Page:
• “The Ballad Of Jimmy Wilson” set to a picture of the housing album cover. Thanks to Ewan MacColl – Topic.
“Excellent Folk from England”
From their LP “The New Briton Gazette Volume 2” (Folkways Records FW-8734) released in 1963.
From my album review:
Another album of mainly topical lyrics, written in the last 2 or 3 years by both of the artists, often set to traditional folk tunes. “The Banks They Are Rosey” makes for a great opener, and is inspired by the Berlin crisis of ’61, which resulted in the wall that would divide the East and West of the city until 1989. A prominent American politician branded “Johnny” is used mockingly for his attempt to resolve the crisis by distributing thousands of ball pens to the citizens of West Berlin! “The Ballad Of Jimmy Wilson” closes side 1 in dramatic fashion, with a scathing attack on the lawmakers of Alabama who sentenced a black Negro janitor to death for the theft of $1.75. Ewan and Peggy’s song offers sarcastic praise to the same lawmakers who graciously reduced the man’s sentence to life imprisonment: “and so, throughout the ages, we have seen how progress marches ever on its way, no rack, no wheel, no Spanish boot for Alabama’s prisoners today”. Side two also has a strong opener in “The Big Hewer”, a song which was first written and performed for their Radio documentary production of the same name in 1961, and essentially celebrates the British coal miner who knows all about hard graft in tough conditions, up to his chin in stinking water, where even the rats are born bow-legged: “cut my teeth on a 5 foot timber, held up the roof with my little finger”. The cry for social justice is obvious throughout, sincerity and no little humour marking “The New Briton Gazette Volume 2” as a surefire winner.
In Alabama, nineteen-fifty-eight,
The cost of human life is very low,
A man that’s black is trampled down,
Just like men were a thousand years ago.
But these are more enlightened days,
Cruel men and savage ways,
We left long ago,
Now every man may walk his road in peace,
For all are free.
Five-thousand years ago, a million men,
Were gathered into royal Egypt’s hands,
Were bound together, forced to build,
Pyramids of stone in desert sands.
Mary’s son walked through a land of woe
Dreaming of the world as it could be,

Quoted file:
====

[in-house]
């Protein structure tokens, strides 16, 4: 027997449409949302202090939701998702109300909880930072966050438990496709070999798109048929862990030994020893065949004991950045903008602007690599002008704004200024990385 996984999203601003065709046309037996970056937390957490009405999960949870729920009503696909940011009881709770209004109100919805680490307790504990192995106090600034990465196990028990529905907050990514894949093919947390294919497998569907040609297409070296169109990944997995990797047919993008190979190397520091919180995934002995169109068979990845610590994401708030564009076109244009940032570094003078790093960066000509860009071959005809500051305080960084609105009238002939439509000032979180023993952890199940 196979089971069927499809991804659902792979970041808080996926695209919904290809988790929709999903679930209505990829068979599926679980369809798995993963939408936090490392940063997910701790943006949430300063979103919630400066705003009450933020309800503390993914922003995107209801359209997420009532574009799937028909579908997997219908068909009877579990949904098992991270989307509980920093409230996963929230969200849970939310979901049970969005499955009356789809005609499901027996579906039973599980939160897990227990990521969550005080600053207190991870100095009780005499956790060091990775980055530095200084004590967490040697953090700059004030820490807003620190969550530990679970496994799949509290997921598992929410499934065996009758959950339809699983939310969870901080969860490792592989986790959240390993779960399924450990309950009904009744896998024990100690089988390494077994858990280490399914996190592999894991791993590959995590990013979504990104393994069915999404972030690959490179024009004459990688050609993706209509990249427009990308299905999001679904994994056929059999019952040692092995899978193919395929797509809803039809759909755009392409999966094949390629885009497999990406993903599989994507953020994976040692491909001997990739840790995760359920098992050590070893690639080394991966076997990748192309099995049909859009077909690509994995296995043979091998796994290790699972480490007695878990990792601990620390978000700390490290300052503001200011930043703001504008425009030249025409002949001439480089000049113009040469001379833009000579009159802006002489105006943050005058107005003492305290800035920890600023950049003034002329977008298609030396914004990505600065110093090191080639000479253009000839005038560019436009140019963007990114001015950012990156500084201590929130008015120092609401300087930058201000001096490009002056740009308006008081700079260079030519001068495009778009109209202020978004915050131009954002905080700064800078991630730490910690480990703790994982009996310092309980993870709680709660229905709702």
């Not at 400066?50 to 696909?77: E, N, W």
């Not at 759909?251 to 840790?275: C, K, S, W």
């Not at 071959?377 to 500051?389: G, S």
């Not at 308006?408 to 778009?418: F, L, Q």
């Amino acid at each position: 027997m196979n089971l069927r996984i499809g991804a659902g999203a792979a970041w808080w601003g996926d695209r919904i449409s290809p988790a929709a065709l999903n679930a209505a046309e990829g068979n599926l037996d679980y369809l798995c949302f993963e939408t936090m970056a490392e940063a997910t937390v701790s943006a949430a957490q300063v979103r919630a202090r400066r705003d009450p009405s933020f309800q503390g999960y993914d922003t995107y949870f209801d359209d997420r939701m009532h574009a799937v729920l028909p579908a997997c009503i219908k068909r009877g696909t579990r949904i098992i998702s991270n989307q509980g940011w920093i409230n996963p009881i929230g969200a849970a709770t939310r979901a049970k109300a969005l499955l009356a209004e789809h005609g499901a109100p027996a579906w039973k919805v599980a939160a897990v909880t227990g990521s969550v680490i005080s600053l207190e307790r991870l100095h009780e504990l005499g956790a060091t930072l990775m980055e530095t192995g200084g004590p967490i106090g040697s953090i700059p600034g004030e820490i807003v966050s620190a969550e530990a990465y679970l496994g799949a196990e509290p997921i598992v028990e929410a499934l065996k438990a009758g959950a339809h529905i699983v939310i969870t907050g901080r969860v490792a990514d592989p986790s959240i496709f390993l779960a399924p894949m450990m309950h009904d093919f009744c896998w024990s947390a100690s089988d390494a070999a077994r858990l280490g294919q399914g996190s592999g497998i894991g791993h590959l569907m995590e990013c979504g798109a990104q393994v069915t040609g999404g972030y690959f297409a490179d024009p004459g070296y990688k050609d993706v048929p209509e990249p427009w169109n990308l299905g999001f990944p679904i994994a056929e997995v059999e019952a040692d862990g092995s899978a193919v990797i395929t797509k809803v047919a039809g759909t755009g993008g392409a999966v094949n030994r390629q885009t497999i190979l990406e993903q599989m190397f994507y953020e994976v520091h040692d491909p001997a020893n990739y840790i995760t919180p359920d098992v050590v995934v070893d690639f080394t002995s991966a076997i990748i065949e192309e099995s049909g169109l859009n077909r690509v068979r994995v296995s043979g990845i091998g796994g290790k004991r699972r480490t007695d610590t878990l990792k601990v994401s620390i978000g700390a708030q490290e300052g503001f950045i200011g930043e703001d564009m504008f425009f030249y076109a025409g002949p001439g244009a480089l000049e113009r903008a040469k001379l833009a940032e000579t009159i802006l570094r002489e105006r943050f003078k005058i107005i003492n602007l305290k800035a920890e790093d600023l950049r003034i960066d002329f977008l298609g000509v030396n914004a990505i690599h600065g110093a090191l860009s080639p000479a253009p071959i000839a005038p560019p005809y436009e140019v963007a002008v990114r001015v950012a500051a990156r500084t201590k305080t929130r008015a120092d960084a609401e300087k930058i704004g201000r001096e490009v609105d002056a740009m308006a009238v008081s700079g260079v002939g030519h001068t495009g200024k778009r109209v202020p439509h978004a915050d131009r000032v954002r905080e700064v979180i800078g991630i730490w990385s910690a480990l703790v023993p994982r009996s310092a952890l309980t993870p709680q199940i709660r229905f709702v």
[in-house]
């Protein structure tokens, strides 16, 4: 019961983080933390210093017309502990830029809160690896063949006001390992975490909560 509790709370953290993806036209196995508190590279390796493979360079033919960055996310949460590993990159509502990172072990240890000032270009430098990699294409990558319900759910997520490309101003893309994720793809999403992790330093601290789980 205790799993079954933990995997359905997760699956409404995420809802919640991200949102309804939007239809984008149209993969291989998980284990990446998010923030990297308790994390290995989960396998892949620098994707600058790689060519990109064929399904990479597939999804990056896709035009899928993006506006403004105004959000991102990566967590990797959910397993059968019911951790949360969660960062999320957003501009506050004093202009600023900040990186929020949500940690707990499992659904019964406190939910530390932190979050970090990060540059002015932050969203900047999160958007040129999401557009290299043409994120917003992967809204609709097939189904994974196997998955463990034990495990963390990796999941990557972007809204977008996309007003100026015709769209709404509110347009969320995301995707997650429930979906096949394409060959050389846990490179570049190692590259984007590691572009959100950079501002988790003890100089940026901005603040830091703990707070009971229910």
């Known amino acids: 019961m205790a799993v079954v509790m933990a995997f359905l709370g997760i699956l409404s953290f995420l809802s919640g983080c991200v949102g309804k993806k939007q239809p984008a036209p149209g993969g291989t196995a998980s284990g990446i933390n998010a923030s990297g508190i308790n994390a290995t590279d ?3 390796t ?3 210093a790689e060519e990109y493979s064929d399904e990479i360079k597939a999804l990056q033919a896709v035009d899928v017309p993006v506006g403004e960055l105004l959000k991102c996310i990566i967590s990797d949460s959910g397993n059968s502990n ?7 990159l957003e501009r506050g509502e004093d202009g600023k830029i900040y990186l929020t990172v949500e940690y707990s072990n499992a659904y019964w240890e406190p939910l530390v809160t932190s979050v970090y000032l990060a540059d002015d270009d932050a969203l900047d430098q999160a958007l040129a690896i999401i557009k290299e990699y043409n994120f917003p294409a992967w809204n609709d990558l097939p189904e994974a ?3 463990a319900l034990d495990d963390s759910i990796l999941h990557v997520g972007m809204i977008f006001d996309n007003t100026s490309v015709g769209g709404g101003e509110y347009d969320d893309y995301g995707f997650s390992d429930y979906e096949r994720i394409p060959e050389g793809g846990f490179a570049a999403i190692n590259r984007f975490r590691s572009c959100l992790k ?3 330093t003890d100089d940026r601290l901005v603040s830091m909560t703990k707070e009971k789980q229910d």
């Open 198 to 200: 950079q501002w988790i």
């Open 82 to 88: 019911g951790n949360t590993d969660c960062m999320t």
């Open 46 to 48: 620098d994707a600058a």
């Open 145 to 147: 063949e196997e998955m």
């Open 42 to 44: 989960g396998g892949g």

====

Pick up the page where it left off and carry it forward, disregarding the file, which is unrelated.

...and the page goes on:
The good and lawful men of Rome,
Nailed him like a robber to the tree.
In Britain just a hundred years ago,
The jails were full of poor and hungry men,
Diggers, chartists, many more,
Fought and died and rose to fight again.
Last year a Negro stole a dollar bill,
The Judge he says, “We mustn’t be severe,
Instead of death, we’ll give him life,
Imprisonment to show there’s justice here.”
And so, throughout the ages, we have seen,
How progress marches ever on its way,
No rack, no wheel, no Spanish boot,
For Alabama’s prisoners today.
The plague still runs throughout the world today,
Johannesburg to Notting Hill and back,
A plague of ignorance and hate
Men walk in fear because their skin is black.
So in these more enlightened days,
No room for all these savage ways,
Leave them, let them go!
Now every man should walk his road in peace,
LET MAN BE FREE.
Featured in my Album Chart of 1963.
Ewan MacColl is known to most people as a songwriter and singer, but he was also of significant influence in the worlds of theatre and radio broadcasting. He was a committed socialist all his life and his political sensibilities underpinned all his creative activities. His art reached huge numbers through the folk clubs, greater numbers through his recordings and untold millions through the radio. Although The First Time Ever I Saw Your Face and Dirty Old Town remain his biggest ‘hits’, MacColl wrote songs for many different contexts: incidental songs for theatrical productions, commissioned pieces for labour unions or political causes, songs stitched together from vernacular speech recorded for the radio documentary series The Radio Ballads, songs for rallying, striking, marching… and, of course, songs for singing in folk clubs.
For sixty years he was at the cultural forefront of numerous political struggles, producing plays, songs and scripts on the subjects of apartheid, fascism, industrial strife and human rights. It has been said that he was an enormous fish in a small pond – but the ocean of traditional song and speech upon which he navigated and hunted owes him a great debt for the treasures that he returned to it.